"Insurance companies look at me like a major liability," says Freyer, 58, who has battled the disease since she was 23 years old. "They just flat out didn't want me."
So it was a relief about six years ago when she and her husband, who run their own real-estate business, discovered Healthcare Group of Arizona. The company, a state-backed program which helps small businesses offer health insurance, allowed the couple to sign up for coverage despite her pre-existing condition.
By switching to Healthcare Group, the Freyers' monthly insurance bill dropped from about $1,300 a month, with Blue Cross Blue Shield, to about $550.
The program had its limitations. Freyer had fewer choices when it came to selecting doctors, and the insurance didn't cover her when she left the state, so she had to buy insurance when she traveled.
"It's not perfect," she says, "but it's a hell of lot better than having nothing."
But with Healthcare Group now facing a financial and political crisis, Freyer may have to look elsewhere if state lawmakers can't find a way to salvage the program, which was facing a shortfall of more than $20 million in the last fiscal year.
Freyer is among roughly 25,000 Arizonans who are served by Healthcare Group, which was created in the mid-'80s. A spin-off of the Arizona Health Care Cost Containment System, the program is open to companies with 50 or fewer employees, as well as political subdivisions. About 75 percent of the enrollees are sole proprietors, and nine out of 10 are businesses with three employees or less.
State Rep. Steve Farley, D-Tucson, says the program is vital to entrepreneurs who are trying to run their own businesses.
"These are the people that health insurers won't touch, because they are not profitable (for the insurance company) in any way," says Farley, a graphic artist whose family was covered by Healthcare Group before he took office in 2006.
State Rep. Kirk Adams, R-Mesa, agrees that small businesses face challenges in providing health insurance for their employees.
"The good intentions of Healthcare Group are absolutely noble," Adams says. "There is a real crisis in the small-business community in obtaining affordable health insurance for their employees."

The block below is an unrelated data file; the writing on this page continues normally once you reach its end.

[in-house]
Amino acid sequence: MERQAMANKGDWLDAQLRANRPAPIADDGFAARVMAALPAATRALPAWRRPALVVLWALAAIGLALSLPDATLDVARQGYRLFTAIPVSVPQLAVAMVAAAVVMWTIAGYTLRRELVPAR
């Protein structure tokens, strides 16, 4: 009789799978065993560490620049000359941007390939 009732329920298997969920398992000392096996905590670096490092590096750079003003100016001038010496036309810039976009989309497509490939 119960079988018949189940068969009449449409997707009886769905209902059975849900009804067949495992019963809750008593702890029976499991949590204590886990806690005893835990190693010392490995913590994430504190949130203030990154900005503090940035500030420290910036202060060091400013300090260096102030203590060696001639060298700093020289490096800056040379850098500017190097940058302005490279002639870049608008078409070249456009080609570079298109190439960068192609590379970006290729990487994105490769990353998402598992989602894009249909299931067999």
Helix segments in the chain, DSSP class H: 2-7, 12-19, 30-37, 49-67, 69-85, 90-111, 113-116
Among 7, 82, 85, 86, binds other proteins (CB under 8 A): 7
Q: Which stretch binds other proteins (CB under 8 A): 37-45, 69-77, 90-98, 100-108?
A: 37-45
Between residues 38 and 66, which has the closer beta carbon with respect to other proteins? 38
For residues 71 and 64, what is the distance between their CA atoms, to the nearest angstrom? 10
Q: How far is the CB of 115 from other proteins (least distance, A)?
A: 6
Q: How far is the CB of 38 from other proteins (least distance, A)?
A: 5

But Adams complains that Healthcare Group's financial woes show that it has developed serious problems that need attention. He points out that the organization's HMO plan was spending $1.16 for every dollar it took in, while the PPO plan was spending $1.40 for every dollar received.
"My position was this: The state of Arizona shuts down insurance companies that operate this way," Adams says. "Why do we have a state-sanctioned insurance program that is financially vulnerable and cannot guarantee its ability to meet its financial obligations?"
Farley blames Healthcare Group's financial woes on limitations that the Arizona Legislature has placed on the group. Businesses aren't allowed to sign up with Healthcare Group unless they've been without health insurance for six months, which is a considerable risk for any business owner to take.
Lawmakers also prohibited Healthcare Group from negotiating rates with hospitals like other insurance companies--including AHCCCS--are able to do, meaning they had more expensive claims to pay.
The end result, says Farley, was that Healthcare Group became the insurer of last resort, taking on people with pre-existing conditions who couldn't get insurance elsewhere. At the same time, there were barriers that prevented healthy people--who might have helped bring in more dollars through premiums while not making claims--from signing up with the program.
"You have all these limitations, and you're reducing your risk pool to just the sick who can go nowhere else, and then you're surprised you have all these claims?" Farley asks.
During the last legislative session, lawmakers agreed to give Healthcare Group $8 million to help cover the company's deficit. They also recently set up a committee to study options for the organization's future, but Farley is concerned that the group doesn't have enough time to formulate good solutions between now and the start of the legislative session next year.
"They can't believe they're going to come up with any solutions, to what is a complex problem, with a couple of meetings between now and January," Farley says.
In an effort to resolve its financial woes, Healthcare Group was also was forced to significantly raise its premiums.
Gail Freyer has felt the increase. Her monthly bill has increased to about $900 a month. Despite the higher premiums, she still supports Healthcare Group and plans to keep a close eye on the political maneuvering.
"We're just very thankful to have this organization, and we hope to goodness that politics doesn't get in the way and put it out of business," she says. "I would be up the creek without this, as will many others."